If you’re a mum with two kids under 5 you’re not most likely not going to want to work with the trainer who specialises in helping men lose belly fat.
Likewise, if you’re an overweight 42-year-old man, you’re going to steer clear of the trainer who’s focussed on helping mums.
Most trainers will have blogs you can read, Facebook pages to follow and most will also be active on their personal Facebook profile. Then there are videos on Youtube and Instagram photos, too.
Some trainers will also have podcasts you can listen to.
By taking some time to read, watch and listen to trainers that you deem suitable for your needs, you’ll be able to narrow the list down a lot quicker and negate your margin for error in hiring the wrong one.
6. Their actual service offering
Most trainers in commercial/budget gyms operate on a 1-to-1 basis.
This is typically the most expensive form of Personal Training, with trainers typically charging £40+ per session (or £175 per month for 1 session per week). Training 2-3x per week with a 1-to-1 trainer will run you up a monthly bill of £350-500+.
NOTE: If they’re charging less than that their either brand new to the industry, in which case you should question their track record. (I’m not saying they’re definitely going to be ‘bad’ – everyone’s got to start somewhere, but you should do your due diligence and ensure you’re not going to waste your time and money.)
Other trainers run larger group programmes with 20+ people in a session.
This’ll certainly work out cheaper per session/per month, but you’ll likely not get much (if any) coaching or support in these sessions. They’ll ‘work’ for a period of time but it’s likely you’ll either get bored or hit a plateau with your progress/results. At this point, you’ll either quit or look for something ‘better’.
Then there’s the area in the middle, in which we operate in, where up to 4 people work under one coach.
This method allows us to keep the quality of our service/training high, whilst keeping the price relatively low for Personal Training.
The lower numbers allow us to coach people in a near identical fashion to the way we used to coach our 1-to-1 clients without our members having to pay the premium prices.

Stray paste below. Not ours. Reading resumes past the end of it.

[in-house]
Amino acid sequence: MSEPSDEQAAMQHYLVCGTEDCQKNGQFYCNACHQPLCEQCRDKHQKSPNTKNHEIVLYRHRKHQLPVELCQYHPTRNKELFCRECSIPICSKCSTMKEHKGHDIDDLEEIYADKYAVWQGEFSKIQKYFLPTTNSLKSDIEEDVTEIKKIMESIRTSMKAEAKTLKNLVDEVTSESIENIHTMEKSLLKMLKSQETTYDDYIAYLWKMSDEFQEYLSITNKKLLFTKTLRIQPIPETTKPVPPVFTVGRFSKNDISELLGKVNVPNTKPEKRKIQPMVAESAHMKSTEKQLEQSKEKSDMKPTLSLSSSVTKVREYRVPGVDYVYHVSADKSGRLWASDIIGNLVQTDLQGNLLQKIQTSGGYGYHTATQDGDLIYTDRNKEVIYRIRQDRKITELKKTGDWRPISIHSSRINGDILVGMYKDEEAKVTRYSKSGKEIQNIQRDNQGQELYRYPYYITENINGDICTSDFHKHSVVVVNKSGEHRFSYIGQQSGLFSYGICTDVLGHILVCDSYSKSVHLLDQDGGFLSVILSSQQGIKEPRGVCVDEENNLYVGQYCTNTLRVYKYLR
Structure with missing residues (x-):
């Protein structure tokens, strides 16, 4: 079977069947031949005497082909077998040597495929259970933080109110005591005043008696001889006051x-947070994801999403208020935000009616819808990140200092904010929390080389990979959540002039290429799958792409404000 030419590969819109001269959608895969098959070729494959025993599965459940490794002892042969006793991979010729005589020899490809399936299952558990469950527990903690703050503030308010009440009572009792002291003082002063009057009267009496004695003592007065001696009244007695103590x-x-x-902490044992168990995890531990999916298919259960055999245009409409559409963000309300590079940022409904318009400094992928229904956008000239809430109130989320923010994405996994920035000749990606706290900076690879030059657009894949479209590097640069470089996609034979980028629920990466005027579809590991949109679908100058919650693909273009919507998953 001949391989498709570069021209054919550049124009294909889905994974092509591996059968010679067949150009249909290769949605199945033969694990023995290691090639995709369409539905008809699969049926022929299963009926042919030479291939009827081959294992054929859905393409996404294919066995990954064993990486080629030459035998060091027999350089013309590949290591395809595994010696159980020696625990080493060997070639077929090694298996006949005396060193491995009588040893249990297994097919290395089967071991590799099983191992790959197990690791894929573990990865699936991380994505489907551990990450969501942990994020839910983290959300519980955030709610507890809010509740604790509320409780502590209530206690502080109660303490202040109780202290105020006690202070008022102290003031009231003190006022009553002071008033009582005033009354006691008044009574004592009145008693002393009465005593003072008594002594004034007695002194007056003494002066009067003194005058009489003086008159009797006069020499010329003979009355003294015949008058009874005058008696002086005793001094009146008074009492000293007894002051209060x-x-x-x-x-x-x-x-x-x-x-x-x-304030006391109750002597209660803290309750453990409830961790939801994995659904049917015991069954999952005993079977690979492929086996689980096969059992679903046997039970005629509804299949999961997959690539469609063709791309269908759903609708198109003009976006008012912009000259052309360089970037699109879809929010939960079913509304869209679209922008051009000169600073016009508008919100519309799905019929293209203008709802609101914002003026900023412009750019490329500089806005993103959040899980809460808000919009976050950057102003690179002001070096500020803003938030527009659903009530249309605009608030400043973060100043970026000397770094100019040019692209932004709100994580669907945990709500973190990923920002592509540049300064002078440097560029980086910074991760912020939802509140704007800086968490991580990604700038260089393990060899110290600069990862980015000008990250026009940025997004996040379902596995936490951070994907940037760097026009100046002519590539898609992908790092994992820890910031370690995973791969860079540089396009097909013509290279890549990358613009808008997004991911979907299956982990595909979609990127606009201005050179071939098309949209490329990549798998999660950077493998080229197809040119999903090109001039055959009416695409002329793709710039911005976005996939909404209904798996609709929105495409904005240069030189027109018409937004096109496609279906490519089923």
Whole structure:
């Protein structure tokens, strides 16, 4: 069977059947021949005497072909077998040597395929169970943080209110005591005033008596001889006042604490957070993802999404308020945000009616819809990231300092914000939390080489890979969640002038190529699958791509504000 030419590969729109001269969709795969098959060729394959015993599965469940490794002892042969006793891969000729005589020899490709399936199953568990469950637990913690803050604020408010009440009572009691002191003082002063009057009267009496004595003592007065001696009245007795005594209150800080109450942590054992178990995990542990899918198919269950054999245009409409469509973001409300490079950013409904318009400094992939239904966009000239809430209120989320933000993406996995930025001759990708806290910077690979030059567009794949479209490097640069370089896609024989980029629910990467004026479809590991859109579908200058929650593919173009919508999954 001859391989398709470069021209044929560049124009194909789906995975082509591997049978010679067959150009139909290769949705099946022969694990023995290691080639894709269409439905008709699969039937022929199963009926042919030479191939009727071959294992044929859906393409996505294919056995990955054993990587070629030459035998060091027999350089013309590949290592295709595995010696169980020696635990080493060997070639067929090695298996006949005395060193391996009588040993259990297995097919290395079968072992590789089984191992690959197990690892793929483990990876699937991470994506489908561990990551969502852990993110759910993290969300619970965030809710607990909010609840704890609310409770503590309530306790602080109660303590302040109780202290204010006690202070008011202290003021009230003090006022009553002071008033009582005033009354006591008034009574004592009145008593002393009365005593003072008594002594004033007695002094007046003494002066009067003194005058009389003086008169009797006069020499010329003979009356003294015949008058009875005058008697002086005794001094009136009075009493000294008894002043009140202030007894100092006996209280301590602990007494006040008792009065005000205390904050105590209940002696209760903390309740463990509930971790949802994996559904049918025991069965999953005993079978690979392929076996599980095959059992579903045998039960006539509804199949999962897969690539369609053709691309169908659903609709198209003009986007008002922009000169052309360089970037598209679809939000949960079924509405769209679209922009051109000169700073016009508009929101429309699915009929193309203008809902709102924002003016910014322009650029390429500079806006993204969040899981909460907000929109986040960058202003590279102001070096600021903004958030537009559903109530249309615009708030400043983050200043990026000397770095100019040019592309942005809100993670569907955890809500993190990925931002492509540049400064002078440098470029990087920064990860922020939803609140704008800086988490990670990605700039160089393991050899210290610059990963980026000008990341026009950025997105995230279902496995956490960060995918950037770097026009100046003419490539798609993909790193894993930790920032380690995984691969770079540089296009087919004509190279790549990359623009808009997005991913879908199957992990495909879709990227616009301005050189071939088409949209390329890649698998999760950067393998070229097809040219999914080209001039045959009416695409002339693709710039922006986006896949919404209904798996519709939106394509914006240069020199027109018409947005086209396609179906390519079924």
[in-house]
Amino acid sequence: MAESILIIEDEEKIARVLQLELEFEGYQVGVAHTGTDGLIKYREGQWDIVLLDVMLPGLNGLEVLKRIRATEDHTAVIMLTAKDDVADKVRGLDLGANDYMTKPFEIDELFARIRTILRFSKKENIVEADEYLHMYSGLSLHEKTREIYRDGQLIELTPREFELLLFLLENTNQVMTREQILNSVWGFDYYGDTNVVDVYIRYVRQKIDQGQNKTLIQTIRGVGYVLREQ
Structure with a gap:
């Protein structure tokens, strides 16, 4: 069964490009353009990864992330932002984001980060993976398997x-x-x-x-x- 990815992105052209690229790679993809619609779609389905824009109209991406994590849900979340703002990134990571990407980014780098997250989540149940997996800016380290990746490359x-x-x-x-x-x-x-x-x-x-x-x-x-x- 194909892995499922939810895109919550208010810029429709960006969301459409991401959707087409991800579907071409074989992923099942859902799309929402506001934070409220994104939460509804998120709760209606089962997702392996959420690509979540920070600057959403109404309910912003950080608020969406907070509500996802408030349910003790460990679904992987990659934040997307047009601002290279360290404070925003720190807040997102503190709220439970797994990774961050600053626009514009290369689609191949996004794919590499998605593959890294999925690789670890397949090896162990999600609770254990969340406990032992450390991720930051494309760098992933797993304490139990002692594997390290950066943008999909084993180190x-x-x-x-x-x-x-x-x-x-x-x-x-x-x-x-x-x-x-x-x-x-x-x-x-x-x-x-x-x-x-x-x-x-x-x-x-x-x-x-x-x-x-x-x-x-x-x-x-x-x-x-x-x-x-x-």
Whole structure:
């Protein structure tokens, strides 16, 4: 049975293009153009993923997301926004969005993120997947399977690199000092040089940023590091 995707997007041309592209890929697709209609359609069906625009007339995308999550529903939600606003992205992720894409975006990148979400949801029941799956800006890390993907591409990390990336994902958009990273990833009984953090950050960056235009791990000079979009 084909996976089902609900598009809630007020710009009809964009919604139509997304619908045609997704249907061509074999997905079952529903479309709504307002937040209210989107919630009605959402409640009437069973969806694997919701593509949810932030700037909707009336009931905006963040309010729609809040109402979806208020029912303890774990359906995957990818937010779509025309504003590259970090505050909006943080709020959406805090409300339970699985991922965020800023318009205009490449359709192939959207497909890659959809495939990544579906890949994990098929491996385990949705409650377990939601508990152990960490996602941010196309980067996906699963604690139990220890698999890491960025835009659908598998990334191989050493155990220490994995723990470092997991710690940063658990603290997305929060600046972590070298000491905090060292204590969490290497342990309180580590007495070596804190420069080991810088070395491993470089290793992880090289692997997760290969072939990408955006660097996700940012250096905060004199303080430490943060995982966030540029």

We’re obviously a little biased, but we believe our structure to be the sweet spot when it comes to personalisation, accessibility and affordability in the Personal Training realm.
30 Day Trial > Guaranteed Results
Over the course of the next few weeks, we’re going to be bringing a few new faces into our Personal Training program.
Cards on the table, we’re almost at capacity in our current facility so we’re literally only bringing in a few people before we move in to a our new, twice-the-size, swanky facility. (Like, seriously, bull$hit marketing tactics to the side, we’ve not got much space left on the program.)
We kick everyone off with our 30 Day Trial and that gives you access to:
- Up to 3 Personal Training sessions per week with our expert team of coaches;
- Unlimited access to our group fitness classes where you can ’empty the tank’ and blow off some steam, whilst helping you recover from your last session;
- As much nutritional education, support and guidance as you need;
- Access to our private Facebook group, monthly reviews and nutrition coaching calls;
- 2 body composition scans (one at the start and one at the end) so that you can accurately track your progress;
- A full, 100%, money back guarantee if show up, do the work you don’t feel a difference.
It’s just £139 for EVERYTHING above, including the money-back-gaurantee which we’re yet to have redeemed in years of offering it.
If you’re ready to ditch the boring gym routine and start getting RESULTS…
All you have to do is… [CLICK HERE NOW] to register your interest and we’ll be in touch shortly for a quick chat to see if Improve Glasgow is a good fit for your goals.
Here’s a couple of extra posts I think will help you at this time of year:
4 Things You Should Know About Fitness Before You Get Started
8 Reasons You Didn’t Lose Weight
Do You Realise How Easy it is To Overeat?